So, whilst digitalisation can help increase demand for labour, the potential of job losses in specific sectors and occupations means there is an important role for governments in helping facilitate workers in moving to new jobs.
And we need to raise our game in this regard. A recent survey from Cedefop finds that already today 10% of EU adult workers are at high risk of having outdated technological skills, with 21% of employees considering it very likely that their skills will be obsolete in the next 5 years. Jobs in the future will increasingly combine digital with technical, soft and behavioural skills. Those jobs expected to grow the strongest in the future are particularly likely to require high cognitive skills like literacy, numeracy, foreign languages, problem-solving or learning to learn and non-cognitive skills like communication, planning, and customer service.
The key is therefore to ensure that adequate frameworks for re-skilling are in place, as well as modern systems of lifelong learning. Urgent policy action is required to ensure that workers are equipped with the adequate skills to navigate successfully through a rapidly changing, technology-rich work environment.
 Arntz, M., T. Gregory and U. Zierahn (2016), “The Risk of Automation for Jobs in OECD Countries: A Comparative Analysis”, OECD Social, Employment and Migration Working Papers, No. 189, OECD Publishing, Paris.
 World Economic Forum (2018), “The Future Jobs Report”, Centre for the New Economy and Society.
 Cedefop, (2017), “People, machines, robots and skills”. Briefing note.
Contact: Frederik Lange
Video message on the Autumn Economic Outlook
BusinessEurope Director General Markus J. Beyrer presents the main points of Economic Outlook Autumn 2018. He highlights that despite the recent slowdown, businesses still expect EU growth to proceed above its long-term rate. However, businesses see the danger of escalating trade conflicts as a key risk, with the IMF estimating that such an escalation would reduce global GDP by almost one percent in 2020.
Escalating global trade tensions and skills shortages: a risk for EU economy
“We need wide-ranging reforms in product and labour markets in order to raise the EU’s underlying capacity to grow”, BusinessEurope Director General Markus J. Beyrer said at the Macroeconomic Dialogue (MED) meeting at political level on 5 November 2018. The MED provides a forum for exchanging views between the European Commission, Council, European Central Bank and social partners. At the meeting, Beyrer also referred to BusinessEurope Autumn Economic Outlook released at the same day. He noted that “while the EU economy has slightly slowed down in the first half of 2018, we expect growth to remain above its long-term rate. Our analysis shows that we can expect EU growth of 2.2% for 2018 and 2% for 2019, a slight downward revision from our spring 2018 analysis. However, an escalating global trade war and digital skills shortages in Europe are the major concerns for many businesses in Europe. We need more skilled labour to avoid harm to the EU economy. We also see that with digitalisation more jobs will be added than lost.”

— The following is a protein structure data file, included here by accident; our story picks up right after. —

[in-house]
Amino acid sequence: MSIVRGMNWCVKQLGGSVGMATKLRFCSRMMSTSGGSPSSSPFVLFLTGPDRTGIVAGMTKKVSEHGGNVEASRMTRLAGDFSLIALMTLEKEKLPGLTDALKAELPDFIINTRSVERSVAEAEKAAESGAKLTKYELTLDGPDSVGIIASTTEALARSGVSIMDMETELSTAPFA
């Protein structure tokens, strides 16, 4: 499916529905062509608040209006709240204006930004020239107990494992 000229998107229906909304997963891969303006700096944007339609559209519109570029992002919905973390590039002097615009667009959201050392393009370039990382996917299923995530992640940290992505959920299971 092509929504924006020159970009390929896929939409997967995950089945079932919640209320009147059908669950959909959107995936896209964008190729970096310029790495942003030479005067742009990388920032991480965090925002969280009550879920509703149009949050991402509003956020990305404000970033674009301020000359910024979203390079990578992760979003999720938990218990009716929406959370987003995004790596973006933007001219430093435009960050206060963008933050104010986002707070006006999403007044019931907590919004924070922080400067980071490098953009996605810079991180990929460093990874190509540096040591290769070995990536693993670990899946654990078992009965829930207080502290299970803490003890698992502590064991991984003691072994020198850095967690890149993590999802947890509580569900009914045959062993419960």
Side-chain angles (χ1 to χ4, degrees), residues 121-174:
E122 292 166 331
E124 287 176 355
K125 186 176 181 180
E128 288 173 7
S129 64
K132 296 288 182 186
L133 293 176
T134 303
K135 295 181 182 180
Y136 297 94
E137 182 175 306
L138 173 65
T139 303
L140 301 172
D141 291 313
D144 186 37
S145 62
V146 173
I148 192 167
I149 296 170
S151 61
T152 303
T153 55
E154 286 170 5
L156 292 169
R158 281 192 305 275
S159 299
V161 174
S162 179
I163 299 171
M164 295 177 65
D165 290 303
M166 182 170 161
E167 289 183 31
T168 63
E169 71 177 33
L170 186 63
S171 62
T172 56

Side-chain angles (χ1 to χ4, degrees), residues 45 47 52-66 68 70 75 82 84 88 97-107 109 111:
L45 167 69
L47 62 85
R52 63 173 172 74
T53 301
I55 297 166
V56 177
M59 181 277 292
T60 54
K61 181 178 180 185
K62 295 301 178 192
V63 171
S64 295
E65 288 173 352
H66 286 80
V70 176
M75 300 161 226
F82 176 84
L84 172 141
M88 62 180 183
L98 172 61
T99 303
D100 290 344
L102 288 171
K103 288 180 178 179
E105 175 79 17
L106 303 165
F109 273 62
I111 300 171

Contact: Frederik Lange
European Vocational Skills Week useful to promote vocational training across Europe
The third European Vocational Skills Week is taking place in Vienna and involves a range of discussions about the future of vocational education and training (VET), as well as how to further strengthen apprenticeship systems and provision, in particular. For employers, it is clear that the labour market relevance of VET needs to be enhanced in order to help companies address their skills needs as well as to help people enter and develop in the work place. Initiatives such as the vocational skills week have an important role in promoting the benefits of VET to a wider audience.
Contact: Robert Plummer
Legal Affairs Committee meets Ministry of Justice and visits Supreme Court in Austria
BusinessEurope and the members of its Legal Affairs Committee gathered in Vienna for a meeting hosted by the Federation of Austrian Industries (IV) on 24 and 25 October 2018. The Committee had an exchange of views on company law, insolvency law and consumer law with Mag. Christian Pilnacek, Secretary General of the Federal Ministry of Constitution, Reform, Deregulation, and Justice (BMVRDJ). The Committee also visited the Austrian Supreme Court (OGH) where it met with their President Hon.-Prof. Dr. Elisabeth Lovrek and two vice-presidents with whom there was an exchange on the functioning of courts in the digital age as well as on the challenges of implementing of EU law.
Contact: Pedro Oliveira
- 19 November: Extraordinary Eurogroup meeting on EMU reform
- 19 November: Company Law Package, JURI vote
- 21 November: Horizon 2020, ITRE vote
- 27 November: European Trade Policy Day 2018
- 3-14 December: Katowice Climate Change Conference